Published: Monday, April 21, 2014 — 7:50 p.m., WMTV, Madison, Wisconsin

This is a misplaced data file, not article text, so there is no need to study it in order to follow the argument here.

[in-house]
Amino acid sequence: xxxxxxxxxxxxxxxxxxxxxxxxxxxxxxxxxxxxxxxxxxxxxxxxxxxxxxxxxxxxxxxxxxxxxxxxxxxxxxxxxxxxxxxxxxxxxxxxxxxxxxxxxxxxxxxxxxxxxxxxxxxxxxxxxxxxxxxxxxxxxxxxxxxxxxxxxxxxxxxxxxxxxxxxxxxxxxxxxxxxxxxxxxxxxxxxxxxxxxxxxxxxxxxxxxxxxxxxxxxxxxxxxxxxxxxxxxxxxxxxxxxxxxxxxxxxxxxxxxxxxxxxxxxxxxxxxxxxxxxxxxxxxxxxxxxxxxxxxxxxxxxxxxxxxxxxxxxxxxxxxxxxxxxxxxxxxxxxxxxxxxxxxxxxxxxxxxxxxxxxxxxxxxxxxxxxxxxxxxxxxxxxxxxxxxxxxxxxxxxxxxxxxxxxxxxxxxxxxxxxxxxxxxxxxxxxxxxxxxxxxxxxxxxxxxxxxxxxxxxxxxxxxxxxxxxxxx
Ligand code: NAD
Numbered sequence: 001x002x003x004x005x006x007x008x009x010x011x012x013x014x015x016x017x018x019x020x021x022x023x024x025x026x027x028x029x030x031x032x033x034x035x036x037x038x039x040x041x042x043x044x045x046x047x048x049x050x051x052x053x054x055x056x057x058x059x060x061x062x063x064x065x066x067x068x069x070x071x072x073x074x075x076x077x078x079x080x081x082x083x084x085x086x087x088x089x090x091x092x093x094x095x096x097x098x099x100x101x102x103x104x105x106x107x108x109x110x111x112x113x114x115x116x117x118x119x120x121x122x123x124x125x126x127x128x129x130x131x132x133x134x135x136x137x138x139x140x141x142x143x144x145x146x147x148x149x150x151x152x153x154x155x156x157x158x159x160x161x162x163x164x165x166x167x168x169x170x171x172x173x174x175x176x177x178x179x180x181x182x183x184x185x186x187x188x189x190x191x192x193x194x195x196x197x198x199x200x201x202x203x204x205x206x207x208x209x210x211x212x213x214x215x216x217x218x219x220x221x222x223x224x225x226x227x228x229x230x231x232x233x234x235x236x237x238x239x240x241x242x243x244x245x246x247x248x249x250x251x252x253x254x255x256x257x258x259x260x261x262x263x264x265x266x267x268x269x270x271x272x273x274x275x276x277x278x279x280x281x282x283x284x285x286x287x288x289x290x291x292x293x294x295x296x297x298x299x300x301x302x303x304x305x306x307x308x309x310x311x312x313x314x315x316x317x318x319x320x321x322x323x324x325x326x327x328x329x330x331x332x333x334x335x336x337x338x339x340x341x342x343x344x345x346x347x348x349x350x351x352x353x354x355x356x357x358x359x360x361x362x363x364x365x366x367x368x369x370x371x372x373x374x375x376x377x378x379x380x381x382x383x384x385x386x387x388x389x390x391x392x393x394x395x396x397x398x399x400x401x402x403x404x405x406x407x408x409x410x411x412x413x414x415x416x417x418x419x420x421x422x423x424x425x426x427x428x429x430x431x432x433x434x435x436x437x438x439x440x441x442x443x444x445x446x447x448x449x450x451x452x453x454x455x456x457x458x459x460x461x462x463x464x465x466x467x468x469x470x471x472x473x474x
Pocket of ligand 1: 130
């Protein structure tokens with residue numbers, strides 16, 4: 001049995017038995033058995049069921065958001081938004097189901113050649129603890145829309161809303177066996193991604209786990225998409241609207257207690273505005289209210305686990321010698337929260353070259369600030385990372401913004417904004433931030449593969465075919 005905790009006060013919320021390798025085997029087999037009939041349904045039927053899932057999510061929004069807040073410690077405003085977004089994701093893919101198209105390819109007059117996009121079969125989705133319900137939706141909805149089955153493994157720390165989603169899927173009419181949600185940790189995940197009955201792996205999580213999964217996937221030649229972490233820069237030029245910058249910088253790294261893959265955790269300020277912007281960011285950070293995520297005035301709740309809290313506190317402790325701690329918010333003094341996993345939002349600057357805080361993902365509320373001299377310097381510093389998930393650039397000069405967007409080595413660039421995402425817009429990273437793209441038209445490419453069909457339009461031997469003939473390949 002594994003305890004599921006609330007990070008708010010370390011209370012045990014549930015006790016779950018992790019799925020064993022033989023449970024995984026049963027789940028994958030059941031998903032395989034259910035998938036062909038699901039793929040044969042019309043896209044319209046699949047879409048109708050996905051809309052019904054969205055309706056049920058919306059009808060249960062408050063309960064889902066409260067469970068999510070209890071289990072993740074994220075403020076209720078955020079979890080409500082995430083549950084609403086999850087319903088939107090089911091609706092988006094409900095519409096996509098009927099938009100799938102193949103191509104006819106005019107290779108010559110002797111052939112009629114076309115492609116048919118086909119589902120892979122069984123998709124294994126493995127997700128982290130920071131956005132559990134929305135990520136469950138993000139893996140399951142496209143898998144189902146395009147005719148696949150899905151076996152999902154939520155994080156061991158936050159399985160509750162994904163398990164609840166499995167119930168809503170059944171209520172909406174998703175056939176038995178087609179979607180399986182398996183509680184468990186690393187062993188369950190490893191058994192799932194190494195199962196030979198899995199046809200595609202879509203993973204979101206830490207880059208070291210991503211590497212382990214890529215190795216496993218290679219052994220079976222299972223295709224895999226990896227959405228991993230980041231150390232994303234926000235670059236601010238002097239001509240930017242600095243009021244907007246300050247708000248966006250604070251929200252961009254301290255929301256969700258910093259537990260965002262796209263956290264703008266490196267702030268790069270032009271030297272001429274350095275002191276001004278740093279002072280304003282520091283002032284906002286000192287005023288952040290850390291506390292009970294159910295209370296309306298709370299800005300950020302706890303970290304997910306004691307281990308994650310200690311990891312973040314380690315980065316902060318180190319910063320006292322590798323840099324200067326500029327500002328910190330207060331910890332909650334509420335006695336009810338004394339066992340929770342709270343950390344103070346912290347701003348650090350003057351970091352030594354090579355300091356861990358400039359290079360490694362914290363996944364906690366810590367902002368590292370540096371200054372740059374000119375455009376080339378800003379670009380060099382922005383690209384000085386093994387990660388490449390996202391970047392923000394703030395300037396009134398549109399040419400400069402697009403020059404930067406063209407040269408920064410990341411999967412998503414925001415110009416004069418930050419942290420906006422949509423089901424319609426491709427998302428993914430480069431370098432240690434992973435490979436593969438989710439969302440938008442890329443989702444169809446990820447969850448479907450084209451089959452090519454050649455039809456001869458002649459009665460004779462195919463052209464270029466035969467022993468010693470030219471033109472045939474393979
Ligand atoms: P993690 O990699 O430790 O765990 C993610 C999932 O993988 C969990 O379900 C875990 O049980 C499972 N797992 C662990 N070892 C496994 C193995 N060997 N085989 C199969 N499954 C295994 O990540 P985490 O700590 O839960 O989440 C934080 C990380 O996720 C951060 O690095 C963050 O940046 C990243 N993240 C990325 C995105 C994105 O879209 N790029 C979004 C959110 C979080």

Water utilities around the state have had their hands full.“It was a winter that really took its toll across Wisconsin,” said Madison Water Utility spokesperson Amy Barrilleaux. In Madison, bitterly cold temperatures combined with an already-aging infrastructure, contributed to a spike in water main breaks.“On a typical year in the first quarter, we spend about $200,000 on main breaks, frozen surface laterals, that kind of thing,” she said. “We budget $1 million for the entire year. This winter, we spent just over $700,000 in the first three months of 2014.” Plus, she says additional costs will carry over into the summer.“First the cost for patching all of the roads where we fixed all 267 main breaks,” Barrilleaux said. “Also, we’re only just beginning to credit folks who have been running their water basically since February.”However, there could be some relief from the federal government. For the first time in the state’s history, the Wisconsin Department of Emergency Management might apply for federal aid to offset the cost of this winter’s water main breaks. Officials are still in the early stages of gathering cost estimates from local governments to find out if the state qualifies for assistance. If we do, we’ll only be the second state to do so.“I don’t know how easy it’s going to be to get federal money for this winter,” Barrilleaux said.Despite the prospect of outside help, Barrilleaux isn’t counting on it. Instead, she’s relying on the reason we’re facing this problem in the first place, the weather: “We’re hoping for a mild November and December of 2014.”